In Bhagavad-gītā (BG 3.9) Lord Kṛṣṇa advises, yajñārthāt karmaṇo 'nyatra loko 'yaṁ karma-bandhanaḥ: "Work done as a sacrifice for Viṣṇu has to be performed, otherwise work binds one to this material world." Generally, everyone is attracted to hard labor for becoming happy in this material world, but although various activities are going on all over the world simply for the sake of happiness, unfortunately only problems are being created from such fruitive activities. Therefore it is advised that active persons engage in activities of Kṛṣṇa consciousness, which are called yajña, because then they will gradually come to the platform of devotional service. Yajña means Lord Viṣṇu, the yajña-puruṣa, the enjoyer of all sacrifices (bhoktāraṁ yajña-tapasāṁ sarva-loka-maheśvaram (BG 5.29)). The Supreme Personality of Godhead is actually the enjoyer, and therefore if we begin our activities for His satisfaction, we will gradually lose our taste for material activities.
Sūta Gosvāmī declared to the great assembly of sages at Naimiṣāraṇya:
- ataḥ pumbhir dvija-śreṣṭhā
- svanuṣṭhitasya dharmasya
- saṁsiddhir hari-toṣaṇam
"O best among the twice-born, it is concluded that the highest perfection one can achieve, by discharging his prescribed duties [dharma] according to caste divisions and order of life, is to please the Lord Hari." (SB 1.2.13) According to Vedic principles, everyone must act according to his classification as brāhmaṇa, kṣatriya, vaiśya, śūdra, brahmacārī, gṛhastha, vānaprastha or sannyāsī. Everyone should progress toward perfection by acting in such a way that Kṛṣṇa will be pleased (saṁsiddhir hari-toṣaṇam). One cannot please Kṛṣṇa by sitting idly; one must act according to the directions of the spiritual master for the sake of pleasing the Supreme Personality of Godhead, and then one will gradually come to the stage of pure devotional service. As confirmed in Śrīmad-Bhāgavatam (SB 1.5.12):
- naiṣkarmyam apy acyuta-bhāva-varjitaṁ
- na śobhate jñānam alaṁ nirañjanam
"Knowledge of self-realization, even though freed from all material affinity, does not look well if devoid of a conception of the infallible [God]." Jñānīs recommend that one adopt naiṣkarmya by not doing anything but simply meditating and thinking of Brahman, but this is impossible unless one realizes Parabrahman, Kṛṣṇa. If there is no Kṛṣṇa consciousness, any kind of activity, be it philanthropic, political or social, simply causes karma-bandhana, bondage to material work.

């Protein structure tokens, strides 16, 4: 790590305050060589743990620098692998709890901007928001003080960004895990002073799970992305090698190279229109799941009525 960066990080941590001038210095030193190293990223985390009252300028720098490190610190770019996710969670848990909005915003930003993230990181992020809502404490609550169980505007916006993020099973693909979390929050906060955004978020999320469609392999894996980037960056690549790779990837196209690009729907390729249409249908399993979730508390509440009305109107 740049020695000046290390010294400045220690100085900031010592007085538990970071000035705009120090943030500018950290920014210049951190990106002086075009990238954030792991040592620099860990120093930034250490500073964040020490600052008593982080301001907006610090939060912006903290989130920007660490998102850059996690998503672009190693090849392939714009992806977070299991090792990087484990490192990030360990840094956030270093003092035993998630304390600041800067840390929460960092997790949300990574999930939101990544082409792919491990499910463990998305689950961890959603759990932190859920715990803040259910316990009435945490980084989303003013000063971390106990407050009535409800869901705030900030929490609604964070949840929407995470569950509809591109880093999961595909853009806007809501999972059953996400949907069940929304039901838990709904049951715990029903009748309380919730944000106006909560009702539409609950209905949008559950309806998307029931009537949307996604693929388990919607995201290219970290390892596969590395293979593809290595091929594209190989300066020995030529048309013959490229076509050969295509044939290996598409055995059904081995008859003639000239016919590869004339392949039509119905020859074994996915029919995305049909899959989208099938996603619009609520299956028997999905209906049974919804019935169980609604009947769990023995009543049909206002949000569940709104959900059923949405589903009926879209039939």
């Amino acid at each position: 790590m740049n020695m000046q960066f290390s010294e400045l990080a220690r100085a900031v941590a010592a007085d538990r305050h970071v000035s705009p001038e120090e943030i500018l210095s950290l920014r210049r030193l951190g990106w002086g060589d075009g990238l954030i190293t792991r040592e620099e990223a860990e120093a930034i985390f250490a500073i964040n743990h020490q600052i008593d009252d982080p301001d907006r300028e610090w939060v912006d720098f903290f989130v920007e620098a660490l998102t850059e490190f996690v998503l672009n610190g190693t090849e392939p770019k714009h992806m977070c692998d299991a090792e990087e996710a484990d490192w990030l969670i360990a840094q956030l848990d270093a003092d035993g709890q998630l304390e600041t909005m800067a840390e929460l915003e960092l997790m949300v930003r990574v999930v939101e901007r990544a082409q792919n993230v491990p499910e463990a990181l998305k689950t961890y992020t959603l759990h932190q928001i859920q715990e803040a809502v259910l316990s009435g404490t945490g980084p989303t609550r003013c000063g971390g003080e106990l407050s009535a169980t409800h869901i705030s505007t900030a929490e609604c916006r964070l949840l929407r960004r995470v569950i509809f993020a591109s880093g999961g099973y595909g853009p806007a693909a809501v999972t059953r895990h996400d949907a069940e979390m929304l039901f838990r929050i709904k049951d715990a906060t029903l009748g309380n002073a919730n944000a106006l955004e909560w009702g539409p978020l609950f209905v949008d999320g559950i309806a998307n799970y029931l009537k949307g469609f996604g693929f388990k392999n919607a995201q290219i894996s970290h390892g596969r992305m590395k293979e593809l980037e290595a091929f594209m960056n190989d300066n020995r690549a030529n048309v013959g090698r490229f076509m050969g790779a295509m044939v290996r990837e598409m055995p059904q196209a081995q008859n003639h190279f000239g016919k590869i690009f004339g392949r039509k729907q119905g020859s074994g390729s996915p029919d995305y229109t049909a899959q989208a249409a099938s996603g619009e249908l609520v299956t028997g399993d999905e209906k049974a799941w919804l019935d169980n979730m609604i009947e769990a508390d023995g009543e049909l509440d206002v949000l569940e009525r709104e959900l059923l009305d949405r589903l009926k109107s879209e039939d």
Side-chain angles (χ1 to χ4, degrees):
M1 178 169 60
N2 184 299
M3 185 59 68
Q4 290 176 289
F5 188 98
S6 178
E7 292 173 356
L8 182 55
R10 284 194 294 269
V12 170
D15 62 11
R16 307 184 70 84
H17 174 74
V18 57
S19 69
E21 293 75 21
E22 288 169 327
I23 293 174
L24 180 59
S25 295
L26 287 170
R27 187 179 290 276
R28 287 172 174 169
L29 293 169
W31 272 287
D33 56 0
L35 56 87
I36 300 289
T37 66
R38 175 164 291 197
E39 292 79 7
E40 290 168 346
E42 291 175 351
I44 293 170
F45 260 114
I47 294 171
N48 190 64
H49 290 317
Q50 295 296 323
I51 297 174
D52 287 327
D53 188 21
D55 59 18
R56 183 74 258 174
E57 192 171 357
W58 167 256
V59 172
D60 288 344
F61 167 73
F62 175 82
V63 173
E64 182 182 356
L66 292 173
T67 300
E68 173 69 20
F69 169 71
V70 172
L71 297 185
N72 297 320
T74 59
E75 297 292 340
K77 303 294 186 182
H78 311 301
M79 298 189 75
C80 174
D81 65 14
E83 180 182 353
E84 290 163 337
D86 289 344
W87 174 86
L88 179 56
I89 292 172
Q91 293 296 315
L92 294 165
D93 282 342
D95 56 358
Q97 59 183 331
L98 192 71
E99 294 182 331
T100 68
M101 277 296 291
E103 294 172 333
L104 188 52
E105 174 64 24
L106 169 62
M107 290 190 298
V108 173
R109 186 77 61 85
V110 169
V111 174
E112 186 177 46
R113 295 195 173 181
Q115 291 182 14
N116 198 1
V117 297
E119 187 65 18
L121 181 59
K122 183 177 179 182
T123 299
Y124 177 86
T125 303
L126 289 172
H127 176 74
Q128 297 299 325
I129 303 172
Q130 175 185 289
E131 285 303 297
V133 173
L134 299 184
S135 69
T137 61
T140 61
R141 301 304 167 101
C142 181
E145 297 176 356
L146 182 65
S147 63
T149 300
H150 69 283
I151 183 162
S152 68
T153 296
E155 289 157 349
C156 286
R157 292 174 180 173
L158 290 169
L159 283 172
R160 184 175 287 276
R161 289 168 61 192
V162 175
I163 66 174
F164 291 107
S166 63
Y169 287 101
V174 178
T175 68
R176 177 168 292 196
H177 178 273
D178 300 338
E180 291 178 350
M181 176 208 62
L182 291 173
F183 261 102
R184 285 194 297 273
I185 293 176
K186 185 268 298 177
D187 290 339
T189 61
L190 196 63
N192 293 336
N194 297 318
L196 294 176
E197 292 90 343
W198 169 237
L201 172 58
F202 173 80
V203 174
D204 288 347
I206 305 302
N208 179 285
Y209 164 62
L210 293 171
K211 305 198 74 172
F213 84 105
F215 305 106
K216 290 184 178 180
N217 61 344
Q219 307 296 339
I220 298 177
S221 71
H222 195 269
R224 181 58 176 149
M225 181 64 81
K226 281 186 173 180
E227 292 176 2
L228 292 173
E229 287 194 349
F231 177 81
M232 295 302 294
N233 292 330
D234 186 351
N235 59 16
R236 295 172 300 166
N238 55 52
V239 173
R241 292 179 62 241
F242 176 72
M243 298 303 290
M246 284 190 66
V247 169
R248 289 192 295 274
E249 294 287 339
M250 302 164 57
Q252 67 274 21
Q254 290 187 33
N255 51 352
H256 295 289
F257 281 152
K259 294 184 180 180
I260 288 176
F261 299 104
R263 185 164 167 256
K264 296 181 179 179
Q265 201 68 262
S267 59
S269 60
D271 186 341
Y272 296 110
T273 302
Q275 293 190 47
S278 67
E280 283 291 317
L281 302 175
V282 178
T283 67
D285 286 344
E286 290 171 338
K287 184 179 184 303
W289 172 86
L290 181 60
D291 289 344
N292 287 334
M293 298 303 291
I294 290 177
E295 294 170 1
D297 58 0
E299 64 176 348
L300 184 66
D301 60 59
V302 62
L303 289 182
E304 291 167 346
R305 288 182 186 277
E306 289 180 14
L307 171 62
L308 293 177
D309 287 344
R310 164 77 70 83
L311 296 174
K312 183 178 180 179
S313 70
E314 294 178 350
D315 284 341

As long as one is entangled in karma-bandhana, one must accept different types of bodies that spoil the human form of facility. Therefore, in Bhagavad-gītā (BG 6.3) karma-yoga is recommended:
- ārurukṣor muner yogaṁ
- karma kāraṇam ucyate
- yogārūḍhasya tasyaiva
- śamaḥ kāraṇam ucyate
"For one who is a neophyte in the yoga system, work is said to be the means; and for one who has already attained to yoga, cessation of all material activities is said to be the means." Nonetheless:
- karmendriyāṇi saṁyamya
- ya āste manasā smaran
- indriyārthān vimūḍhātmā
- mithyācāraḥ sa ucyate
"One who restrains the senses and organs of action, but whose mind dwells on sense objects, certainly deludes himself and is called a pretender." (BG 3.6) One should act for Kṛṣṇa very seriously in order to become fully Kṛṣṇa conscious and should not sit down to imitate such great personalities as Haridāsa Ṭhākura. Śrīla Bhaktisiddhānta Sarasvatī Ṭhākura condemned such imitation. He said:
- duṣṭa mana! tumi kisera vaiṣṇava?
- pratiṣṭhāra tare, nirjanera ghare,
- tava hari-nāma kevala kaitava
"My dear mind, what kind of devotee are you? Simply for cheap adoration, you sit in a solitary place and pretend to chant the Hare Kṛṣṇa mahā-mantra, but this is all cheating." Recently at Māyāpur an African devotee wanted to imitate Haridāsa Ṭhākura, but after fifteen days he became restless and went away. Do not suddenly try to imitate Haridāsa Ṭhākura. Engage yourself in Kṛṣṇa conscious activities, and gradually you will come to the stage of liberation (muktir hitvānyathā rūpaṁ svarūpeṇa vyavasthitiḥ (SB 2.10.6)).